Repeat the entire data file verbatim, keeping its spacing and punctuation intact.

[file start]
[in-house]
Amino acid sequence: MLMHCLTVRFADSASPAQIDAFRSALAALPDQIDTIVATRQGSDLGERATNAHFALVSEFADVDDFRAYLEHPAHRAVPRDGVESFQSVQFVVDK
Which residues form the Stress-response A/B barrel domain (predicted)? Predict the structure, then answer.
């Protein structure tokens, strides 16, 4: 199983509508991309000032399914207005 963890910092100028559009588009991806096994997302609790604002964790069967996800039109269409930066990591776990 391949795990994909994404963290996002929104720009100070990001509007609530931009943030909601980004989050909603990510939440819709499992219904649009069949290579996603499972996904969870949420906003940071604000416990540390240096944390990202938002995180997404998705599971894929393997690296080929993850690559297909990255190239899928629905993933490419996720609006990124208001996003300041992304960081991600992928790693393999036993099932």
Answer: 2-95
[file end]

[in-house]
Amino acid sequence: MLMHCLTVRFADSASPAQIDAFRSALAALPDQIDTIVATRQGSDLGERATNAHFALVSEFADVDDFRAYLEHPAHRAVPRDGVESFQSVQFVVDK
Which residues form the Stress-response A/B barrel domain (predicted)? Predict the structure, then answer.
């Protein structure tokens, strides 16, 4: 199983509508991309000032399914207005 963890910092100028559009588009991806096994997302609790604002964790069967996800039109269409930066990591776990 391949795990994909994404963290996002929104720009100070990001509007609530931009943030909601980004989050909603990510939440819709499992219904649009069949290579996603499972996904969870949420906003940071604000416990540390240096944390990202938002995180997404998705599971894929393997690296080929993850690559297909990255190239899928629905993933490419996720609006990124208001996003300041992304960081991600992928790693393999036993099932």
Answer: 2-95